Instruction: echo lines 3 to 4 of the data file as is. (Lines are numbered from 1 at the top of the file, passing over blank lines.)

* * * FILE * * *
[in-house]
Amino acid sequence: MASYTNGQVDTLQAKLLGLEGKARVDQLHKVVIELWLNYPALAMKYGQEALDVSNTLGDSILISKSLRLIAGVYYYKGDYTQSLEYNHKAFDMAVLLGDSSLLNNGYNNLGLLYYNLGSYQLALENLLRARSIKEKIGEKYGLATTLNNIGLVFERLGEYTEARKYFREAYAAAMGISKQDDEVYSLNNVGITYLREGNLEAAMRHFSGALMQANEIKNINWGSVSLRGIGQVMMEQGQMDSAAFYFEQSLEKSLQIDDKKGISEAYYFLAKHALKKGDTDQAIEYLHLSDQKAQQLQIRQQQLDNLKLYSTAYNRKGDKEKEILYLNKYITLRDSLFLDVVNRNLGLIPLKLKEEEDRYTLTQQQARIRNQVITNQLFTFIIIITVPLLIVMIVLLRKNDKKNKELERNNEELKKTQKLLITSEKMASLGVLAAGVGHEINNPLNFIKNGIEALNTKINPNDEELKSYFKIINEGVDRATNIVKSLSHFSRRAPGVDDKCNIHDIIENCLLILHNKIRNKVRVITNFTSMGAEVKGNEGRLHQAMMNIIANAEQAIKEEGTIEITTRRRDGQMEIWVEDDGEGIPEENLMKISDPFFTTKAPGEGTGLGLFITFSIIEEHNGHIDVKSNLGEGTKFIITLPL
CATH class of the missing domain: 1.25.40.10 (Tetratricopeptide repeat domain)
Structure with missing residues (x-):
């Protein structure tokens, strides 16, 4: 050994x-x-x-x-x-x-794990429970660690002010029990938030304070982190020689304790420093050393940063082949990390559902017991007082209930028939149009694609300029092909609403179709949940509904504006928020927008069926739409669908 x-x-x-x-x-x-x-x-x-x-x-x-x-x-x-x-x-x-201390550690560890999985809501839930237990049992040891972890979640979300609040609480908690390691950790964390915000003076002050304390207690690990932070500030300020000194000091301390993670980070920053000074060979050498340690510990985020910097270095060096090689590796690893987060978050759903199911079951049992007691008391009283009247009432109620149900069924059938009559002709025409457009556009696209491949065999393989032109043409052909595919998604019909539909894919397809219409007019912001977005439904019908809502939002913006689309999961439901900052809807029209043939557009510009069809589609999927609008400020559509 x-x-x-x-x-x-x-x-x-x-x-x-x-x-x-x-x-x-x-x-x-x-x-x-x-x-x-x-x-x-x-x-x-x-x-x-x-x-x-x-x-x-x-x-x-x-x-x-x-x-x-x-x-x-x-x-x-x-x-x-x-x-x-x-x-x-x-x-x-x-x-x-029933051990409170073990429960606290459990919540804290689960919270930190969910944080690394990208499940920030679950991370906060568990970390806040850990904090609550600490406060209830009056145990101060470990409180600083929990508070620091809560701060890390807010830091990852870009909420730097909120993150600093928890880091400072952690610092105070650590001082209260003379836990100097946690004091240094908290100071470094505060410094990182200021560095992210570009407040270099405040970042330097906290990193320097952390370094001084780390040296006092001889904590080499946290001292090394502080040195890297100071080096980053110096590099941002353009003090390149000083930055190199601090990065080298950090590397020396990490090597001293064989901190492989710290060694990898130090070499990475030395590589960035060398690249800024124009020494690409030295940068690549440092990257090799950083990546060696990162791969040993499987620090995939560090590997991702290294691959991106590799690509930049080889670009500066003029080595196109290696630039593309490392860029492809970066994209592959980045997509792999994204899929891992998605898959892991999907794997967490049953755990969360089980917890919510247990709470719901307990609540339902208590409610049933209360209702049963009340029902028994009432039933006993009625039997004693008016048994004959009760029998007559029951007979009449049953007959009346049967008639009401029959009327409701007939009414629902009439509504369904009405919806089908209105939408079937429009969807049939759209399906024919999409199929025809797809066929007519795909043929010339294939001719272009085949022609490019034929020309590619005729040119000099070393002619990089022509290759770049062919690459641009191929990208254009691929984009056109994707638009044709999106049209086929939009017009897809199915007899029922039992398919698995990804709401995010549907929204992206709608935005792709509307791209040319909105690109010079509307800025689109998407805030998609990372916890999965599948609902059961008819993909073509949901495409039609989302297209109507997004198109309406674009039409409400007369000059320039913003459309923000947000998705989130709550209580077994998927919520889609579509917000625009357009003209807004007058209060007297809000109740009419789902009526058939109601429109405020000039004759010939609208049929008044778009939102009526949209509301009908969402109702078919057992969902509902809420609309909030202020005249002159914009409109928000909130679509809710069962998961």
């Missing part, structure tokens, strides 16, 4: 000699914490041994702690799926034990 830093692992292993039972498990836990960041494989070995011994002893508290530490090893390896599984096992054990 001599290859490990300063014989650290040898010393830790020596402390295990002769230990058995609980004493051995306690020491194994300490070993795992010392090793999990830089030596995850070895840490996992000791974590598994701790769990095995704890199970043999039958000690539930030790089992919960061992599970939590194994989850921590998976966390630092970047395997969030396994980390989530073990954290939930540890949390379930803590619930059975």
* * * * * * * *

CATH class of the missing domain: 1.25.40.10 (Tetratricopeptide repeat domain)
Structure with missing residues (x-):